Whither the front-end technical co-founder?
One startup trend I’ve noticed over the last few years, purely through anecdotal evidence, is the rise of the front-end CTO - a technical co-founder who has a skill set focused more towards the top of the stack.
Back when I first worked for a web startup in 1999, tech co-founders focused most of their time on the back-end. It was self-evident that you needed someone with good skills in this area to lead technical aspects of software development, because most of the product value was realised in server-based business logic. Front-end developers were people you hired to make the forms and tables look better and work well across different browsers.
All this has changed now. Market forces ensure that software-based solutions to common problems are eventually commoditised. Custom-written web software is increasingly being eaten by third-party services, low-code platforms, frameworks and libraries, on the front and back-ends. There are examples of this at every level of the stack from data storage and hosting (serverless anyone?) to developer tooling to authentication services and UI component libraries.
The great impact of all this commoditisation is to lower the bar for entry to the market. If you’re trying to find customers for your generic office productivity SaaS product in 2019, you’ll know what I mean. Competition is fierce.
Where at one time it was far easier to corner a small-ish market with a basic product, users seem now to expect far better quality and are able to exercise these expectations by voting with their feet and switching to another offering.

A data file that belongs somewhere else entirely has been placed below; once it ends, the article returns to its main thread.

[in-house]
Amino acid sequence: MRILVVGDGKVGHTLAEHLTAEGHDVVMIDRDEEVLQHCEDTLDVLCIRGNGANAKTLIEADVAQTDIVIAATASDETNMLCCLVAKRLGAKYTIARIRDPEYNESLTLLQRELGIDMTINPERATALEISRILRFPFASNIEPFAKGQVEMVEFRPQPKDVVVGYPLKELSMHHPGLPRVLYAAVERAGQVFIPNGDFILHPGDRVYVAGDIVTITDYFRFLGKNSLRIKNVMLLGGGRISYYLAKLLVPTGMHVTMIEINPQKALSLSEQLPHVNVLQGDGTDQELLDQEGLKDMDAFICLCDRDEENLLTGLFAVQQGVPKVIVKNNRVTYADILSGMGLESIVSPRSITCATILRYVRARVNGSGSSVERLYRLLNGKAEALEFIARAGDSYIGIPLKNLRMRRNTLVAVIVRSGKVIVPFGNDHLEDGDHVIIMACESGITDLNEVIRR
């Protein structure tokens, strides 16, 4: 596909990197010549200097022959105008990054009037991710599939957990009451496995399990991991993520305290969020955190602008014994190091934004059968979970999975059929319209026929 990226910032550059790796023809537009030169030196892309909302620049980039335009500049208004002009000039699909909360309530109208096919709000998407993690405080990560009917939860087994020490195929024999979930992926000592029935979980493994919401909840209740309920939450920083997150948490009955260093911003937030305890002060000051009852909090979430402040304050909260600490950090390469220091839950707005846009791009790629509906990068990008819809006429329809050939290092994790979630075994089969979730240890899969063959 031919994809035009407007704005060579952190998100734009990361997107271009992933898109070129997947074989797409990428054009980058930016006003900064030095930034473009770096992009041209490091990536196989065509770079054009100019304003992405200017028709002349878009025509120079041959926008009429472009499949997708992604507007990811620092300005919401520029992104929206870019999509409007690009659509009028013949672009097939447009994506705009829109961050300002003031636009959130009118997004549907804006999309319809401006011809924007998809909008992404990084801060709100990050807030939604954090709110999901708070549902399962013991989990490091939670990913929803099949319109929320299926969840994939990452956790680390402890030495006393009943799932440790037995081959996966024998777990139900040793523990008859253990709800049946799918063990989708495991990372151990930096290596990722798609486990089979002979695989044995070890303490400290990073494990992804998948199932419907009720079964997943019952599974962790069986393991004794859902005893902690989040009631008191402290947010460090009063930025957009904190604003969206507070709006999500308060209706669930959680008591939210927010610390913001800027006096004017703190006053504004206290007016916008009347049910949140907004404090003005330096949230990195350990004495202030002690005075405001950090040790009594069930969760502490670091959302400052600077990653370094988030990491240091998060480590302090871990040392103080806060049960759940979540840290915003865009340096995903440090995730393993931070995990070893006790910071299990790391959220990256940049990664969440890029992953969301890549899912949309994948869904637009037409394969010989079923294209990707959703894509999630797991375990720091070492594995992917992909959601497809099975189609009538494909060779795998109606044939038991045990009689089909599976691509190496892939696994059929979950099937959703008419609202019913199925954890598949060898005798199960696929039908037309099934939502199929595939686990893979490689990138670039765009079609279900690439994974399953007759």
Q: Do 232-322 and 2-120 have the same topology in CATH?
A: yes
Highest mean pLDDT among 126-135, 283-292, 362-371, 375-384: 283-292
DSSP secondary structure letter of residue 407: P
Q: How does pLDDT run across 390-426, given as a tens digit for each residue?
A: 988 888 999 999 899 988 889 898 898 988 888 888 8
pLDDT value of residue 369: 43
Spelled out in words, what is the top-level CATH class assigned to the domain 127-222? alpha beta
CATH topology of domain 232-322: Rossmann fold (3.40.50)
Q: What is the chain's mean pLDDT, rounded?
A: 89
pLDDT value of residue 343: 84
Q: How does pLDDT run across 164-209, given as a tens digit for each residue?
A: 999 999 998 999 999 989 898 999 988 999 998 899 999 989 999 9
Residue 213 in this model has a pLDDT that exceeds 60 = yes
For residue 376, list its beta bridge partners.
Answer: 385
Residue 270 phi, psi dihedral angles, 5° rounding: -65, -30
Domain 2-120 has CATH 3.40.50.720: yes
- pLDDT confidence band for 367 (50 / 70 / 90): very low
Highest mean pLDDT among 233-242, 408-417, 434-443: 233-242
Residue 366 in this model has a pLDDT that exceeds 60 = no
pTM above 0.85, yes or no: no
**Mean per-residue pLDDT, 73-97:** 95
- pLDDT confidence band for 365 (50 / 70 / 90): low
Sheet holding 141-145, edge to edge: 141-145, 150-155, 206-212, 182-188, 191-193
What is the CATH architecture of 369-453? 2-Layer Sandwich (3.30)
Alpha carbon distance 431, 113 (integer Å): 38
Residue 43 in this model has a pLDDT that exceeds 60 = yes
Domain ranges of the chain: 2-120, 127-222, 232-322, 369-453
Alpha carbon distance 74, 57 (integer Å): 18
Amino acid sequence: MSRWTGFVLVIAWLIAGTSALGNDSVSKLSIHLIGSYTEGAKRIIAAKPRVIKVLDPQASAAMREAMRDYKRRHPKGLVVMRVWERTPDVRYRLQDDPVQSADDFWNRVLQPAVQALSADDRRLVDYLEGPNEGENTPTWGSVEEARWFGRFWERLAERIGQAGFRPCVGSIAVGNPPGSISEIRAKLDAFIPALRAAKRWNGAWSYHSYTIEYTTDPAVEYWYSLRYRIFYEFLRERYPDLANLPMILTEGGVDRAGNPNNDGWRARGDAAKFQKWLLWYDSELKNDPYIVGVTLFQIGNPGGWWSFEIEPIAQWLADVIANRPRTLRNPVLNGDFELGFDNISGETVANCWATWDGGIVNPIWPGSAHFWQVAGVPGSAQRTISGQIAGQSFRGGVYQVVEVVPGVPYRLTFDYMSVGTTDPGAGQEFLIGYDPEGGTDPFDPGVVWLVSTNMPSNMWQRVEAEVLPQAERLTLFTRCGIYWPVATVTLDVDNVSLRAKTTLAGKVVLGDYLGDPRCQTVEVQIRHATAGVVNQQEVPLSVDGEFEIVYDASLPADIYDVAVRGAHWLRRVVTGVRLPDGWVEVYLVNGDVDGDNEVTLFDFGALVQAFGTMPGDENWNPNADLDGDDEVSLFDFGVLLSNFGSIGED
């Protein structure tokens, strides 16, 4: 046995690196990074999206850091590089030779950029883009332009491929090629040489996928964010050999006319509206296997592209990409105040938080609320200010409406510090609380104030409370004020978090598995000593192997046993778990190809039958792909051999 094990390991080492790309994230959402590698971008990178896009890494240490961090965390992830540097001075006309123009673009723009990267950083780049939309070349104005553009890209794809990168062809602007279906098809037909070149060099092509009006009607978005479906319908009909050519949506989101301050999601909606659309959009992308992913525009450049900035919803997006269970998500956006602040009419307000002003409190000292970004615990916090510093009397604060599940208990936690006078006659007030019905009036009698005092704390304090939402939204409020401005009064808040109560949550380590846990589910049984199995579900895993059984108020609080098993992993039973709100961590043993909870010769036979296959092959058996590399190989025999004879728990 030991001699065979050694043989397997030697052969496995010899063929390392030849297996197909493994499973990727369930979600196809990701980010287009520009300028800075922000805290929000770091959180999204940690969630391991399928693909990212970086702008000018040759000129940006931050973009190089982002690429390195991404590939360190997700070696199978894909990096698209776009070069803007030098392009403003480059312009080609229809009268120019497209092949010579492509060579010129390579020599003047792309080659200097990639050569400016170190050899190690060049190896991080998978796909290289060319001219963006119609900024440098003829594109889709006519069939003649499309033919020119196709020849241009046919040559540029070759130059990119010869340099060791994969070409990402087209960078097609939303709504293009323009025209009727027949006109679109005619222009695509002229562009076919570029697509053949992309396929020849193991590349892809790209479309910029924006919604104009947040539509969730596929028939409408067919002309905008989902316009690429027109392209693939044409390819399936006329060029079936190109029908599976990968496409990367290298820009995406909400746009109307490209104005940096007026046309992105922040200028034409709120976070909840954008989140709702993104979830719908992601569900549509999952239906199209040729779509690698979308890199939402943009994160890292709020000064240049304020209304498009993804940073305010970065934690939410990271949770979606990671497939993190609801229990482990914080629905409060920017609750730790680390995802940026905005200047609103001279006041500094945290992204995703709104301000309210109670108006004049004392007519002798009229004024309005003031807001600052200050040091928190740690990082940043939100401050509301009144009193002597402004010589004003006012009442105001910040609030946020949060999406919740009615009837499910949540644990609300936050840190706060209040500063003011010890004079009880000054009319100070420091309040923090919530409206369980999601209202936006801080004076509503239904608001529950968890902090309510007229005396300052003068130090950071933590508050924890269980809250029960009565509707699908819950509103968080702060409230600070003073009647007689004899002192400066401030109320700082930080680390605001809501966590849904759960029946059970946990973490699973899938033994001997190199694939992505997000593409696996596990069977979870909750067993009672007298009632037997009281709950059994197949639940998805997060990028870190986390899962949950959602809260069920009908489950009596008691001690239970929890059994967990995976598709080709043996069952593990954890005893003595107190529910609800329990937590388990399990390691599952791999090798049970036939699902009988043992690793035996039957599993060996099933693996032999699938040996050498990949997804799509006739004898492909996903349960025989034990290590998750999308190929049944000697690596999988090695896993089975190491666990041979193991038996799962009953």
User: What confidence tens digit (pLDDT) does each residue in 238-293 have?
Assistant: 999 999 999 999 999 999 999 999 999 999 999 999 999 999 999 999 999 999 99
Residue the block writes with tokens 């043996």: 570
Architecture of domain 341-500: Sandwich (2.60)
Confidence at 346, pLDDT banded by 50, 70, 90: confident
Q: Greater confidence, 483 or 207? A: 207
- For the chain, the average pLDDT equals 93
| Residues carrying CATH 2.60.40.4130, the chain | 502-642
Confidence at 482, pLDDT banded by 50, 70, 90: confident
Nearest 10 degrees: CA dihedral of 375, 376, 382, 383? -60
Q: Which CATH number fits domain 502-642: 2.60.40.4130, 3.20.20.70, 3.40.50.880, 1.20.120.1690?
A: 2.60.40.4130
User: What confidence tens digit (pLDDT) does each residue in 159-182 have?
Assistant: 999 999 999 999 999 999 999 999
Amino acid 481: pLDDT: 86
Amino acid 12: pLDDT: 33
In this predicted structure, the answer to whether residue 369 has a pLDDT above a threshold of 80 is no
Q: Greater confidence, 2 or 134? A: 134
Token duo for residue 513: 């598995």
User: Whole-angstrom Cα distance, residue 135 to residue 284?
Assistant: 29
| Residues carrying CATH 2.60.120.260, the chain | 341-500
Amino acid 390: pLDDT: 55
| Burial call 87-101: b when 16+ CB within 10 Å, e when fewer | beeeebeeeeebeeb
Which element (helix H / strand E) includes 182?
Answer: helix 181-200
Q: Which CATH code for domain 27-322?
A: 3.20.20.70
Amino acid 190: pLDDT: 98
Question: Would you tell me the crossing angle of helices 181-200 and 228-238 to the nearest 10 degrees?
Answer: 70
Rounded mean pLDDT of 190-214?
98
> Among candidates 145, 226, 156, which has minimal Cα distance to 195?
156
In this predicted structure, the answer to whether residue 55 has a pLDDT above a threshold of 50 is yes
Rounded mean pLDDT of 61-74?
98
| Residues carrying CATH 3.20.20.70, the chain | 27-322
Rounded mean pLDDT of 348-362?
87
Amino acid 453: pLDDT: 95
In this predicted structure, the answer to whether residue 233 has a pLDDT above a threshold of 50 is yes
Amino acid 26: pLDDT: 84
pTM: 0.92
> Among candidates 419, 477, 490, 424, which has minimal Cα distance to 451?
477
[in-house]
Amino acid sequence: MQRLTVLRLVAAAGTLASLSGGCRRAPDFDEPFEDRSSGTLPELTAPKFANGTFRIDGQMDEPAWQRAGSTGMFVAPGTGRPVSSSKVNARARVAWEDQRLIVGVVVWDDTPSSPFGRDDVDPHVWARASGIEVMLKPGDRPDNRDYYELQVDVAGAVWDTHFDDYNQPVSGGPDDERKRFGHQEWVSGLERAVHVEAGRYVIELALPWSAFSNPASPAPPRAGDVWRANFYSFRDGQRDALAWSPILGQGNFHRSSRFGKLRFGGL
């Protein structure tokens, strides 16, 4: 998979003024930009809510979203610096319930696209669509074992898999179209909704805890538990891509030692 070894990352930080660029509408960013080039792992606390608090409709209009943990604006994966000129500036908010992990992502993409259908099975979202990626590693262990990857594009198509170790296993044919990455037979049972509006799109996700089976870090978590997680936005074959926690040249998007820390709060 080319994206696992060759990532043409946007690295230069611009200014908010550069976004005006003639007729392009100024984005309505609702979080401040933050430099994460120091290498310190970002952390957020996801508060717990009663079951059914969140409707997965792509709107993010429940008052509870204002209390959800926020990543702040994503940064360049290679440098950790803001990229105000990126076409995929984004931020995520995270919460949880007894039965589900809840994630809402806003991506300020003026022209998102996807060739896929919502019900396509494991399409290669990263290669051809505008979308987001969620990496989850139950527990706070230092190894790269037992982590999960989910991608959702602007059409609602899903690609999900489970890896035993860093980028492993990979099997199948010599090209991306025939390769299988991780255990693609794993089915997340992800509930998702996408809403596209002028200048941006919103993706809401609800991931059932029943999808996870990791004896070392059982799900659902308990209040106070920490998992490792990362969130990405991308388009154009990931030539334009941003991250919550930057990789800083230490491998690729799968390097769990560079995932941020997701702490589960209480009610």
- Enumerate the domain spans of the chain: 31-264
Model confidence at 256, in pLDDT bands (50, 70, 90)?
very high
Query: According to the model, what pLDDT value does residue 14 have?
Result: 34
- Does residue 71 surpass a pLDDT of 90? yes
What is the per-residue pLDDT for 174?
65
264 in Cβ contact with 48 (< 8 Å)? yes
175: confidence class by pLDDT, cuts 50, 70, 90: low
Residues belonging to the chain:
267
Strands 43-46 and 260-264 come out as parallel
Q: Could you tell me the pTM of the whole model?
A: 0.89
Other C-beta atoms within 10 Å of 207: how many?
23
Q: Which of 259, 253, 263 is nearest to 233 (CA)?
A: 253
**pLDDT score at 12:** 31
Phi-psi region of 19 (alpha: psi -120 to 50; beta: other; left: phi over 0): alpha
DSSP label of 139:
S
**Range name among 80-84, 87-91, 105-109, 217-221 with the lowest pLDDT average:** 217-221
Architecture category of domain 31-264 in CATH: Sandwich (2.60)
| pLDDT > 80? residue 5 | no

A great user experience is now seen as ‘table stakes’ for SaaS products. Not long ago, investors used to talk about great UX as a good ‘moat’ for protecting the product against competitive pressure and fast-followers. Anyone entering a busy market with a sub-standard experience is going to find it tough.
This is why SaaS startup advice is now so focused on product management, user research, design and market segmentation. The job of the technical co-founder in this context is less focused on building a stable application platform architecture, and increasingly directed towards supporting rapid product experimentation and validated learning. Early on in a new venture, back-end application logic and data storage approaches only need to be ‘good enough’ to support rapid development of the user-facing parts of the product.
Sure, it’s easy to make a mess of a back-end while focusing energies elsewhere. But my job for many years seemed to be ‘sort out the front-end mess created by technical co-founders’*. It’s about time we turned the tables!
Are you a front-end specialist who harbours ambitions to be a startup co-founder? Hit reply and tell me all about it.
All the best,
* - For the benefit of any ex-colleagues or co-founders out there, I want to make it clear that all startups create a mess of code at all levels of the stack. It’s a natural and healthy by-product of any startup.